That put it very sharply. This story now became our story. It was the crisis we were all involved in, all the time. We needed to recognise it in our own country, and (to keep it in perspective) in other countries and other cultures. In Britain, for example, following World War II, even after twenty years of socialist rule, the gap between rich and poor had got wider, and today after a further forty years, including a further thirteen years of socialist rule, the gap is even wider and widening.
Or think of families. Shakespeare understood it when he wrote, ‘when troubles come they come not single spies’. We all know families who seem to have every misfortune and others to whom nothing adverse even seems to happen. Or think of Stone Age Indians in the Amazon, whose numbers were reduced from 4 million to 120,000 by the infiltration of the white man; families massacred by illegal settlers, bombarded from the air by hired gunmen, given food laced with arsenic and handed out clothes laced with disease, as the settlers exploit their land for a few years and then move on.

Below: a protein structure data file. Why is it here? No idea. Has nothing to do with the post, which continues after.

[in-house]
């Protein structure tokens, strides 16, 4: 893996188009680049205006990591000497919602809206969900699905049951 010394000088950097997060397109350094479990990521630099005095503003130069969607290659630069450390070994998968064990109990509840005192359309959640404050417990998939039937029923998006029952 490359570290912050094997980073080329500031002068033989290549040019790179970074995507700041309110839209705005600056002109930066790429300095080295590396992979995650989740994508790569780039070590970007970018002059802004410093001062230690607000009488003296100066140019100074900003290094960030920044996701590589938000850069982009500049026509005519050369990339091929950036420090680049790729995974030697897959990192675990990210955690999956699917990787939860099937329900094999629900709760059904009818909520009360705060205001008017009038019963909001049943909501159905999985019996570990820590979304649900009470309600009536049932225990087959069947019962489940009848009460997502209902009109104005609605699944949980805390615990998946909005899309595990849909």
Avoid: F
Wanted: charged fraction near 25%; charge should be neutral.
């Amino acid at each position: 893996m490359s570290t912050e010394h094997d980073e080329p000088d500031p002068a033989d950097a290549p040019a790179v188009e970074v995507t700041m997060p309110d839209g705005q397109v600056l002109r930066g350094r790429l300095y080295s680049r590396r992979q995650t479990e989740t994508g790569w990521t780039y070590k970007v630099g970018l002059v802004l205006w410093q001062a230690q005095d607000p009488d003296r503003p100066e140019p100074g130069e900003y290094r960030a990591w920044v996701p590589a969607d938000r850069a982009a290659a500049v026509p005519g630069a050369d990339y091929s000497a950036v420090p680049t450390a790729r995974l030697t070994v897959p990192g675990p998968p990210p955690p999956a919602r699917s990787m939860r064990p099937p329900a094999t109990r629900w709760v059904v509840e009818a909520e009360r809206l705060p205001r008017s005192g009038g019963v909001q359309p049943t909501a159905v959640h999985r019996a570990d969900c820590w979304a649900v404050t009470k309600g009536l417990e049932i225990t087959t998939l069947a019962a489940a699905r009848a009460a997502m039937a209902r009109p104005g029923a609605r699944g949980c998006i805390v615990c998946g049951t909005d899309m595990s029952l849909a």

Recalling all this Primo Levi’s story left me with three things I might otherwise have missed. None of it was really new, yet now, in a new way, I felt the force of what Jesus said. The first hearers also felt the force of what Jesus was saying. Those who have will benefit. Those who haven’t will lose.
Level Four was trying to work out what Jesus might have had in mind. In the course of digging I re-discovered T W Manson’s paraphrase of this verse:
‘To him who has added something of his own to what I entrusted to him, more of mine will be entrusted and he will have abundance. But from him who has added nothing of his own to what I entrusted to him, what I entrusted to him will be taken away .’
This seemed to be exactly what Primo Levi discovered in Auschwitz.